Potential Money Savings: $100 to $300/yr.

Do Your Research

Before buying a new car, ask your insurance agent whether the model you are considering will require a surcharge due to higher theft, damage, or repair costs. 

Potential Money Savings: $50 to $200/yr.

Compare Rates

Shop around for insurance. If you're getting good service from your company and are happy with the rates, you may want to stay with them, especially if you have had accidents or tickets. But if your record is good, shop around to see how much you can save, then decide if the savings are worth the switch.

Potential Money Savings: $50 to $200/yr.

Bundle Insurance

Consider combining your auto and homeowner's insurance under one policy. Many insurers give a discount for multiple policies. 

Potential Money Savings: $50 to $200/yr.

Drive Responsibly

Avoid tickets for speeding or moving violations. Many insurance companies give a discount of around 20% if you have not had an accident or ticket for three years or more.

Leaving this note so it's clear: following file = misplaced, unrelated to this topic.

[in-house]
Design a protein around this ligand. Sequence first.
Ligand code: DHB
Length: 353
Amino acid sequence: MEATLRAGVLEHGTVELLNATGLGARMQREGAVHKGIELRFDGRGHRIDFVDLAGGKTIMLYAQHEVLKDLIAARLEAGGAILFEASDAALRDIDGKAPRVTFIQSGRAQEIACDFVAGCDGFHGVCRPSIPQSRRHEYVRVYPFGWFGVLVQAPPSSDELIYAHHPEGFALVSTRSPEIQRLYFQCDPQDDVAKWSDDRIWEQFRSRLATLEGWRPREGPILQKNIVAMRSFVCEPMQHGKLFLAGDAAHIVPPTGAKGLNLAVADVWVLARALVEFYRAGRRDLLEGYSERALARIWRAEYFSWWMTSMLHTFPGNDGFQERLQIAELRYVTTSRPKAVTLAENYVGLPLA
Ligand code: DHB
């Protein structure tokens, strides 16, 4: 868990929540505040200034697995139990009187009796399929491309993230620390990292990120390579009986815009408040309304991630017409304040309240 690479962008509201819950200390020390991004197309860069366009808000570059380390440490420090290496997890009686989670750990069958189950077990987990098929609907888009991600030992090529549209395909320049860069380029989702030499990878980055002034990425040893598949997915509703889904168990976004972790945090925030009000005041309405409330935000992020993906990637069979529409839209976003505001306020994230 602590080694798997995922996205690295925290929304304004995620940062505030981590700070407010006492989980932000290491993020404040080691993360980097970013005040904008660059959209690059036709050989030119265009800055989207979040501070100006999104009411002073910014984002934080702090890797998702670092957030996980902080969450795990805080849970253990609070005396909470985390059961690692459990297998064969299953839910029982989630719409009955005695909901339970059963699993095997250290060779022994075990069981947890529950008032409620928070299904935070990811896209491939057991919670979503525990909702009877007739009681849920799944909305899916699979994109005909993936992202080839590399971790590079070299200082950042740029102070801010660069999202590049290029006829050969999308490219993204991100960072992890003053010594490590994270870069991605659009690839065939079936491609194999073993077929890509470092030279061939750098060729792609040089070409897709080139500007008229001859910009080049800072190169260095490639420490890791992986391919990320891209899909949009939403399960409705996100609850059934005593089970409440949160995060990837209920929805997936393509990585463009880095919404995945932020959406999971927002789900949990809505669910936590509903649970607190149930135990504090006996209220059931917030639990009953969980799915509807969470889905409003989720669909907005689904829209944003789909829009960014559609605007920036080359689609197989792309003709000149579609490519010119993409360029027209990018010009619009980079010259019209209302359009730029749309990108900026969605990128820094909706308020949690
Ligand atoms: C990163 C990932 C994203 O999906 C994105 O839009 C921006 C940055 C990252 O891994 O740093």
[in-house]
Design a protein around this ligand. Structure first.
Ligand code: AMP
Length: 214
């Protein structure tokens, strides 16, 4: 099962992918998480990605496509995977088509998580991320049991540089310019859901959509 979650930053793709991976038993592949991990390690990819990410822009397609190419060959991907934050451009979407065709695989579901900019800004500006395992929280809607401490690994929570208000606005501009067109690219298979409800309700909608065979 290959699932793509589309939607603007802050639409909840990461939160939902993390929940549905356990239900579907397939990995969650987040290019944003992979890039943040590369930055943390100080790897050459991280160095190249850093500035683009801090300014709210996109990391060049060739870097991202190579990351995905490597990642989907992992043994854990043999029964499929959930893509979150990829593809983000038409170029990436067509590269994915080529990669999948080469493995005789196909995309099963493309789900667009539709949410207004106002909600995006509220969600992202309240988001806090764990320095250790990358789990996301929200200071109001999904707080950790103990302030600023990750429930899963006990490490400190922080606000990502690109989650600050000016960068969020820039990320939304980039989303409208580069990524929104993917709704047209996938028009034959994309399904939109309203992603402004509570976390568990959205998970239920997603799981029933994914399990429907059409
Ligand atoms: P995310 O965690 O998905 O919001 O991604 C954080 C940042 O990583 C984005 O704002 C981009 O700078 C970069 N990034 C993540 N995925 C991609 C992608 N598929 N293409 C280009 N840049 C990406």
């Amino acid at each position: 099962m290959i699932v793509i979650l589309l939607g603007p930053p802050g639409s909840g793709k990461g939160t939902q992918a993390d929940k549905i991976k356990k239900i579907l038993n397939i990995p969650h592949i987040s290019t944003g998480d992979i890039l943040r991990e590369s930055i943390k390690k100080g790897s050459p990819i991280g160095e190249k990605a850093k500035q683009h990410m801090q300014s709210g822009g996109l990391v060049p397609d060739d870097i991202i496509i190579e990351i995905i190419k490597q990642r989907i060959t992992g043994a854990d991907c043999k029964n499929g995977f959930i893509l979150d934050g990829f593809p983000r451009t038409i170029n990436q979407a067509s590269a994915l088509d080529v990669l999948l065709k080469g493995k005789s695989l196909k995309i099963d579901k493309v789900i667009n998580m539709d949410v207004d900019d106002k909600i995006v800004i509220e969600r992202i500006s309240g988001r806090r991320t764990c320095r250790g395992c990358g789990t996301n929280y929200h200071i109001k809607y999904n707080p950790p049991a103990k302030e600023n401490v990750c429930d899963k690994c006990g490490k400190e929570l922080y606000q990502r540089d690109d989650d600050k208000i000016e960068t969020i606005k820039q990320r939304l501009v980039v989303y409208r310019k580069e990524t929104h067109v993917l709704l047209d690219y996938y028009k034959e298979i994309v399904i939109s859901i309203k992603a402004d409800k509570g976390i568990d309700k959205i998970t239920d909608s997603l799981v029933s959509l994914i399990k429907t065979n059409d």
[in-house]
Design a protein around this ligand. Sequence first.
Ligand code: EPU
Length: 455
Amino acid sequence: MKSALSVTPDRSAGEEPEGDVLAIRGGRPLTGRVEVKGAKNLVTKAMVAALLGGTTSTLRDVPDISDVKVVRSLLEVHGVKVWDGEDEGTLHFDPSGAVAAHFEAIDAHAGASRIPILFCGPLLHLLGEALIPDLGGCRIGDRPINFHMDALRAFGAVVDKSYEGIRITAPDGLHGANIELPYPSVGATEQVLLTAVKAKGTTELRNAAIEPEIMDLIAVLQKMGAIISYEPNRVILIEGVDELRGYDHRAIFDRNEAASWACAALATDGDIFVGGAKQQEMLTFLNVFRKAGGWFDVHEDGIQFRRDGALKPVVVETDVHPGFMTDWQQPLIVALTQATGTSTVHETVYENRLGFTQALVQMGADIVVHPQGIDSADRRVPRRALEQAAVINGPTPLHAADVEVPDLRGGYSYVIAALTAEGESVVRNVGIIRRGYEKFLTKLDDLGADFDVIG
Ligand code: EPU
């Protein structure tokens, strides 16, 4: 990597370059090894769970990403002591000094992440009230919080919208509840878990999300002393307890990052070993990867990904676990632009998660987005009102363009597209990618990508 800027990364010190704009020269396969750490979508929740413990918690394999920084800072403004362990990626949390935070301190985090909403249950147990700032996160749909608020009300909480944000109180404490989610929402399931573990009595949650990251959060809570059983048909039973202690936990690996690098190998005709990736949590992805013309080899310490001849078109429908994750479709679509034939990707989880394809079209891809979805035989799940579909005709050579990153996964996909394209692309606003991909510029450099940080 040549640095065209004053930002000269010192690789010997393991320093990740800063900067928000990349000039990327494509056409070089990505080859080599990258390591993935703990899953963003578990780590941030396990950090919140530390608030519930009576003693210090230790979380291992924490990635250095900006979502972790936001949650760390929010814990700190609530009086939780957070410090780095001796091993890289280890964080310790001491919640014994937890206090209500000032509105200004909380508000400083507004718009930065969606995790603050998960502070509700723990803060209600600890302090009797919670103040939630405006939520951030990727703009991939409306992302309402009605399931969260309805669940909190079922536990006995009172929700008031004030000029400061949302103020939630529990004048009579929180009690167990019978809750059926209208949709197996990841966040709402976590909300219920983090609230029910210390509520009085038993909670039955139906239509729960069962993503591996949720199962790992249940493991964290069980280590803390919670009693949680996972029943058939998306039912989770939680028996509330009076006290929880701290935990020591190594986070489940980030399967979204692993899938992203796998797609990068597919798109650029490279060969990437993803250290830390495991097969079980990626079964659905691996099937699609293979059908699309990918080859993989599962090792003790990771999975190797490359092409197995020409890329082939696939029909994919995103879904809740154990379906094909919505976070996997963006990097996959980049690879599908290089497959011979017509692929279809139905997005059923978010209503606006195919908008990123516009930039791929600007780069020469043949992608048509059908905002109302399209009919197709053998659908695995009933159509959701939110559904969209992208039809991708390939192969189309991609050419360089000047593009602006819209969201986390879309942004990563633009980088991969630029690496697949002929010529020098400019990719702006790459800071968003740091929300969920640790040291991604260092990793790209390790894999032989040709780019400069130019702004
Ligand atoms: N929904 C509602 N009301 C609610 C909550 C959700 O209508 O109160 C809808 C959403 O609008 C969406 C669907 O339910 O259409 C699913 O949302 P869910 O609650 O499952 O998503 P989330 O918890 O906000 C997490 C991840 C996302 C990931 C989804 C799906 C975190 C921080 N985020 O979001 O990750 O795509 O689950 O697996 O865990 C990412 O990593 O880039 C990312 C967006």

Potential Money Savings: $100/yr or more.

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The Balance uses only high-quality sources, including peer-reviewed studies, to support the facts within our articles. Read our editorial process to learn more about how we fact-check and keep our content accurate, reliable, and trustworthy.
  1. Consumer Reports. "Fuel-Economy Face-Off: Driving With Windows Open or With A/C Running?"

  2. Consumer Reports. "Manual vs. Automatic Transmission: Save Money."

  3. U.S. Department of Energy. "Keeping Your Vehicle in Shape."

  4. Brookhaven National Laboratory. "Tips to Reducing Auto Air Pollution and Optimizing Gas Mileage."

  5. U.S. Energy Information Administration. "Weekly Retail Gasoline and Diesel Prices."

  6. New York State Department of Transportation. "Drive More Efficiently."

  7. U.S. Department of Energy. "Driving More Efficiently."

  8. State Farm. "Auto Insurance Discounts."

  9. Geico. "Car Insurance Discounts - Savings on Auto Insurance."